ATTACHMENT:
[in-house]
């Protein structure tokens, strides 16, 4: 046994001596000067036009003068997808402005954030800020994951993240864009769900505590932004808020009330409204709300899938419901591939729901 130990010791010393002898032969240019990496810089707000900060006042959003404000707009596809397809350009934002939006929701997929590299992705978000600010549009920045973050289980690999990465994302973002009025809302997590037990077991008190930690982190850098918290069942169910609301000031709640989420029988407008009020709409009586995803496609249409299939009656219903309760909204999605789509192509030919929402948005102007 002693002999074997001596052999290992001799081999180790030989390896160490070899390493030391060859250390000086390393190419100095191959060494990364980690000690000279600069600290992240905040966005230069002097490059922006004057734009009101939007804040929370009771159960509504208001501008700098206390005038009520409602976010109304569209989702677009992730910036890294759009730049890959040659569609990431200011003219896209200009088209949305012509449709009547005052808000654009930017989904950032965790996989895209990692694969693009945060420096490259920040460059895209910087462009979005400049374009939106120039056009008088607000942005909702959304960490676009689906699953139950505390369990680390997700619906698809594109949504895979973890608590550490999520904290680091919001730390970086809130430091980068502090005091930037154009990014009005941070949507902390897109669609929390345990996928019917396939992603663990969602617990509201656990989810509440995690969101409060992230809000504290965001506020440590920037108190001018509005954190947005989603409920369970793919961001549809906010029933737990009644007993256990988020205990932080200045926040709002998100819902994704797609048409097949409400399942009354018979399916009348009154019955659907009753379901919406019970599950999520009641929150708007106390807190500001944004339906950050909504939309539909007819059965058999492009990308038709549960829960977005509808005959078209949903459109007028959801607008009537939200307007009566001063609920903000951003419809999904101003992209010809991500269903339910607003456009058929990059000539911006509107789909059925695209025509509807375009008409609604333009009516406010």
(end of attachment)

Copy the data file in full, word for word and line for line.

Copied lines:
[in-house]
């Protein structure tokens, strides 16, 4: 046994001596000067036009003068997808402005954030800020994951993240864009769900505590932004808020009330409204709300899938419901591939729901 130990010791010393002898032969240019990496810089707000900060006042959003404000707009596809397809350009934002939006929701997929590299992705978000600010549009920045973050289980690999990465994302973002009025809302997590037990077991008190930690982190850098918290069942169910609301000031709640989420029988407008009020709409009586995803496609249409299939009656219903309760909204999605789509192509030919929402948005102007 002693002999074997001596052999290992001799081999180790030989390896160490070899390493030391060859250390000086390393190419100095191959060494990364980690000690000279600069600290992240905040966005230069002097490059922006004057734009009101939007804040929370009771159960509504208001501008700098206390005038009520409602976010109304569209989702677009992730910036890294759009730049890959040659569609990431200011003219896209200009088209949305012509449709009547005052808000654009930017989904950032965790996989895209990692694969693009945060420096490259920040460059895209910087462009979005400049374009939106120039056009008088607000942005909702959304960490676009689906699953139950505390369990680390997700619906698809594109949504895979973890608590550490999520904290680091919001730390970086809130430091980068502090005091930037154009990014009005941070949507902390897109669609929390345990996928019917396939992603663990969602617990509201656990989810509440995690969101409060992230809000504290965001506020440590920037108190001018509005954190947005989603409920369970793919961001549809906010029933737990009644007993256990988020205990932080200045926040709002998100819902994704797609048409097949409400399942009354018979399916009348009154019955659907009753379901919406019970599950999520009641929150708007106390807190500001944004339906950050909504939309539909007819059965058999492009990308038709549960829960977005509808005959078209949903459109007028959801607008009537939200307007009566001063609920903000951003419809999904101003992209010809991500269903339910607003456009058929990059000539911006509107789909059925695209025509509807375009008409609604333009009516406010």